RT: The July 2005 London bombings also targeted the public transport system, like the attacks in Volgograd. What do those similarities tell us?

MC: I think what it really demonstrates is that transport infrastructure is a very easy target relatively for terrorist groups. And it is an attractive one because of the psychological impact on the population who will be using that transport and also for the simple fact that it will often cause a high level of casualties due to tight spaces and the large number of people using them. I think what it also shows, especially the Volgograd attacks, is the difficulty of securing such locations, because as we saw with the train attack, the bomber was actually prevented by the security measures in place from entering the station and although this may result in a fewer casualties, exploding the suicide vest outside the station still cause a very big psychological impact as to have caused very significant number of civilian casualties. So even with security measures in place, it is very difficult to prevent attacks from happening in and around transport infrastructure.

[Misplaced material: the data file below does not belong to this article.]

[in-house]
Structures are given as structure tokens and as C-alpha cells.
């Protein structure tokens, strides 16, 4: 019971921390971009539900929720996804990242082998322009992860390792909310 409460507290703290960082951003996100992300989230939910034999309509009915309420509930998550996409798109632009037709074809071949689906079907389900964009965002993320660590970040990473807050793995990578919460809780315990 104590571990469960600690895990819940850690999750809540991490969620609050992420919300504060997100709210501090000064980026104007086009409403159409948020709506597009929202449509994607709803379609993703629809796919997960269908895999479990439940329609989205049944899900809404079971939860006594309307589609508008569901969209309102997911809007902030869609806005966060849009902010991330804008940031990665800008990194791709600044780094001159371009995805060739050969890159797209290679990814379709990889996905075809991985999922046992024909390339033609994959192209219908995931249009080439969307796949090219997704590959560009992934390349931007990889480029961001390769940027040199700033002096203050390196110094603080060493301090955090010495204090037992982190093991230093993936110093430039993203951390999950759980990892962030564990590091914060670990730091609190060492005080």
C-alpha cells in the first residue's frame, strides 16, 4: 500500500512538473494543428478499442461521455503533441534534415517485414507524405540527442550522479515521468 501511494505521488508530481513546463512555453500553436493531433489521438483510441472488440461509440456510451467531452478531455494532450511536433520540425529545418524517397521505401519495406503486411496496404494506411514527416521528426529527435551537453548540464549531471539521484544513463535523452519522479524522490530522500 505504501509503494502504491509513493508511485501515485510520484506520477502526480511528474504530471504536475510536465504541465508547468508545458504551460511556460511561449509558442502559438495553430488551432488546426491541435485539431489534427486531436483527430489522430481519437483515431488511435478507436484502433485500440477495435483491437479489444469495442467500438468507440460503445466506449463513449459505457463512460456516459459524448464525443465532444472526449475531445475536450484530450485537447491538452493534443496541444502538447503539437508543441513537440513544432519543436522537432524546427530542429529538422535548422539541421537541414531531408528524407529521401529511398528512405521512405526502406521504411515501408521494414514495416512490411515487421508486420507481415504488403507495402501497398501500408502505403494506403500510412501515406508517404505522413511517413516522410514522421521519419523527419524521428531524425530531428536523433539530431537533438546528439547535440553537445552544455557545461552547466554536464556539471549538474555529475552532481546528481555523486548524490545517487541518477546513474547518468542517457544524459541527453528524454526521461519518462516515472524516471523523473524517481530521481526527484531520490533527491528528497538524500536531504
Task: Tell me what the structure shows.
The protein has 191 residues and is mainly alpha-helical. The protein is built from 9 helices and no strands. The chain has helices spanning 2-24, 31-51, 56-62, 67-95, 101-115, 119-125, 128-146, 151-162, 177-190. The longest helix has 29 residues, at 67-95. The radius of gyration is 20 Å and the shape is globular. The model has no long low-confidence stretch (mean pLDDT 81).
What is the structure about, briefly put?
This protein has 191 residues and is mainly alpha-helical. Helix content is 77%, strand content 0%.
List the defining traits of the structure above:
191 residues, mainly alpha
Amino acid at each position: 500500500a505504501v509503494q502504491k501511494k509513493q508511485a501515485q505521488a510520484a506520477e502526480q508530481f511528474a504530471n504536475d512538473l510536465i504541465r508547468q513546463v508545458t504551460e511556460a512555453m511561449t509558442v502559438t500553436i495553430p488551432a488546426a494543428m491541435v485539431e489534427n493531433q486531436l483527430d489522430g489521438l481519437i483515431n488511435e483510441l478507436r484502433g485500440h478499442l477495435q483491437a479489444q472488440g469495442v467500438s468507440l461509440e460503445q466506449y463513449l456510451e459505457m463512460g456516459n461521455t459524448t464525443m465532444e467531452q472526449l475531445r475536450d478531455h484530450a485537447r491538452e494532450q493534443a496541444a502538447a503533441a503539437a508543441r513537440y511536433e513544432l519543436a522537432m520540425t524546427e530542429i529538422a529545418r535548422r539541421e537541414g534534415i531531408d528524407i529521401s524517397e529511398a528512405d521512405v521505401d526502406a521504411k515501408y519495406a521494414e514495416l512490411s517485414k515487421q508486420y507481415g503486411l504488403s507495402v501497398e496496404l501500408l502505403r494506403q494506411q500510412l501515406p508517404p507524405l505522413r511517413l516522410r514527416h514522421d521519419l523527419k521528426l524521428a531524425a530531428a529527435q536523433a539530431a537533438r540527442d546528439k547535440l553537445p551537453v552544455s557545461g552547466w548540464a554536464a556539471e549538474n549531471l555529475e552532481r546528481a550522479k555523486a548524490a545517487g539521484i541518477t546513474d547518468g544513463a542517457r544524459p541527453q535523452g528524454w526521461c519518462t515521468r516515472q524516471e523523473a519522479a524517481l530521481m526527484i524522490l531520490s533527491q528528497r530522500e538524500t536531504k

Comments (6)

 

Hans v.d. B 01.01.2014 02:08

UFOs will nuke moscow and nizhny novgorod...

 

John Carpenter 31.12.2013 23:45

Wolfen:
Who is al Qaeda? A creature of NATO intelligence.

Erstwhile British Foreign Sec'y Robin Cook, in The Guardian, 2005, title: "The struggle against terrorism cannot be won by military means"

"Bin Laden was, though, a product of a monumental miscalculation by western security agencies. Throughout the 80s he was armed by the CIA and funded by the Saudis to wage jihad against the Russian occupation of Afghanistan. Al-Qaida, literally "the database", was originally the computer file of the thousands of mujahideen who were recruited and trained with help from the CIA to defeat the Russians."

 

Codename Taco 31.12.2013 19:55

"The Theory and Practice of Oligarchical Collectivism" by Emmanuel Goldstein. "the war" is actually "waged by each ruling group against its own subjects, and the object of the war is not to make or prevent conquests of territory, but to keep the structure of society intact". The true meaning of the slogan 'war is peace' therefore refers to the fact that constant war, as depicted in the book, is no different from constant peace." A small handful of people control the majority of the global economies. The only thing needed is the cultivation of a conflict, if dogs fight each other, they won't be biting you.